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Saturday, 02.04.2012,

Broadcaster claims that allowing the lyric would have “comprised impartiality”

The word “Palestine” was censored in a freestyle performance aired on the 1xtra network in February last year, during which the BBC production staff covered it up with the sound of broken glass according to a report by TheNewStatesman.com.

The artist Mic Righteous had been performing a song, rapping the lyrics, “I still have the same beliefs

I can scream ‘free Palestine,’ die for my pride still pray for peace, still burn a fed for the brutality they spread over the world.

The BBC Trust attempted to defend its decision in a ruling passed down on Jan. 31, releasing a statement.

“Mic Righteous was expressing a political viewpoint which, if it had been aired in isolation, would have compromised impartiality,” the company said.

The censored version of the song was also reportedly aired in April and drew complaints from audience members who couldn’t believe that such a measure would be taken.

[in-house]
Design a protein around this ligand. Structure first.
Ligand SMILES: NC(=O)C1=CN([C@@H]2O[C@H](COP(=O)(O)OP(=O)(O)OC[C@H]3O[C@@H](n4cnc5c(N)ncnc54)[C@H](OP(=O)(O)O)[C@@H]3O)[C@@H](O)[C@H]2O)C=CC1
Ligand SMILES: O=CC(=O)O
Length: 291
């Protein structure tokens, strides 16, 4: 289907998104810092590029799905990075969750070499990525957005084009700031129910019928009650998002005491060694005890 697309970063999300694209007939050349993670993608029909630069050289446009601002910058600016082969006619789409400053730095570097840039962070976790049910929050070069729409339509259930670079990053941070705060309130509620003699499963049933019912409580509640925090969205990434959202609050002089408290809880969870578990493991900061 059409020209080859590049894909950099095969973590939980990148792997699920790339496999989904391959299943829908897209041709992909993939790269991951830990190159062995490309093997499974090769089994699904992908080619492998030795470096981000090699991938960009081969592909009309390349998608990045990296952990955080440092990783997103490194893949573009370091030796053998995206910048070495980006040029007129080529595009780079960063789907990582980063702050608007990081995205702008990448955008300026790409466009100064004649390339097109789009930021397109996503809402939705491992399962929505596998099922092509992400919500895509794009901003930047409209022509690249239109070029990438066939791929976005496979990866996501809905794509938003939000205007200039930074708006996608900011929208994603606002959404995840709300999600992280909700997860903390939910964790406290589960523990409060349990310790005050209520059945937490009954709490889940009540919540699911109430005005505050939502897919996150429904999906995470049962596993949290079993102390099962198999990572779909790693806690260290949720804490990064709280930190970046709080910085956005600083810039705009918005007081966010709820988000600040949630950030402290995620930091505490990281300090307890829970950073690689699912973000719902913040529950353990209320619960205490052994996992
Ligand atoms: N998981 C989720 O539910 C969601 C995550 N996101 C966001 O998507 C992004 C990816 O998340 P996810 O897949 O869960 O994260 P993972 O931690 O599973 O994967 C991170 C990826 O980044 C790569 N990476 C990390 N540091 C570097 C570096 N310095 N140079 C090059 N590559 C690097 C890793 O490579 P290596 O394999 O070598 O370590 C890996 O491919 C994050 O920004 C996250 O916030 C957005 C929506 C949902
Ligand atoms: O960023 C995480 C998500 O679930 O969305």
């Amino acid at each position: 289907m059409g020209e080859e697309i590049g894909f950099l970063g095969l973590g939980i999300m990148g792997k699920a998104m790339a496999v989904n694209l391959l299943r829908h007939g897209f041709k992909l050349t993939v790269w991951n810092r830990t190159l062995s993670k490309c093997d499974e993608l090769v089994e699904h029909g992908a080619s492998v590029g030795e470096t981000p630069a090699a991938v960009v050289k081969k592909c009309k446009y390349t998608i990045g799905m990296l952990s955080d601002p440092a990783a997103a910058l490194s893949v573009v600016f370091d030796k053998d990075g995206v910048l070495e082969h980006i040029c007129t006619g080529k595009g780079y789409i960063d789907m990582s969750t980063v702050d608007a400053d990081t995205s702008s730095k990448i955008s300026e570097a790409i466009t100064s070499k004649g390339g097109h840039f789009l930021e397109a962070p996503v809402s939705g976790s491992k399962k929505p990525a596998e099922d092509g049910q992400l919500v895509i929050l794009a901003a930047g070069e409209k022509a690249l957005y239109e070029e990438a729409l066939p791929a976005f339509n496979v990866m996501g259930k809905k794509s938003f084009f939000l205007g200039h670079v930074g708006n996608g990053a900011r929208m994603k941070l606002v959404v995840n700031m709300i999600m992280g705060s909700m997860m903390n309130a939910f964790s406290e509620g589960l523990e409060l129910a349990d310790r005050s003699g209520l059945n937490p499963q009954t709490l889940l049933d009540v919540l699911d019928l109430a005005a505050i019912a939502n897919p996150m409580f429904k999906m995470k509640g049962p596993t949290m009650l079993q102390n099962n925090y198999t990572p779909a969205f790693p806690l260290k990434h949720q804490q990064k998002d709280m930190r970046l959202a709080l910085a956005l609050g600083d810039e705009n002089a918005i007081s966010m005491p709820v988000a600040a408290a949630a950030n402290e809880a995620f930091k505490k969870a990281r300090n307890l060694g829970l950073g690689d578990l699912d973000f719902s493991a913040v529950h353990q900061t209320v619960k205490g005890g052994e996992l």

The BBC’s own guidelines allow for “individual expression” for “artists, writers and entertainers”, as long as services “reflect a broad range of the available perspectives over time.”

The network also argued that a late night music show was not the appropriate place to get into political debate as it was not obvious when these other views would be aired.

Amena Saleem, of the Palestine Solidarity Campaign said according to the New Statesman: ‘”In its correspondence with us, the BBC said the word Palestine isn’t offensive, but ‘implying that it is not free is the contentious issue’, and this is why the edit was made.”

The UN Security Council calls Israel the “occupying force” in the West Bank and Gaza, however, which means that the occupation is not a statement of opinion. The network hasn’t addressed that fact yet according to reports, which is a key issue.

Nine complaints saying that the BBC demonstrated bias against Palestinians have been ignored by the network as well.

The PSC also pointed out that the BBC didn’t ban the song “Free Nelson Mandela,” the leader against South African apartheid, in 1984 even though Mandela was considered to be a terrorist by Western governments at the time.

According to New Statesman, the BBC Trust said it is not “proportionate or cost-effective” to proceed further with the complaint despite those who point out the highly disproportionate nature of the censorship of the song in the first place.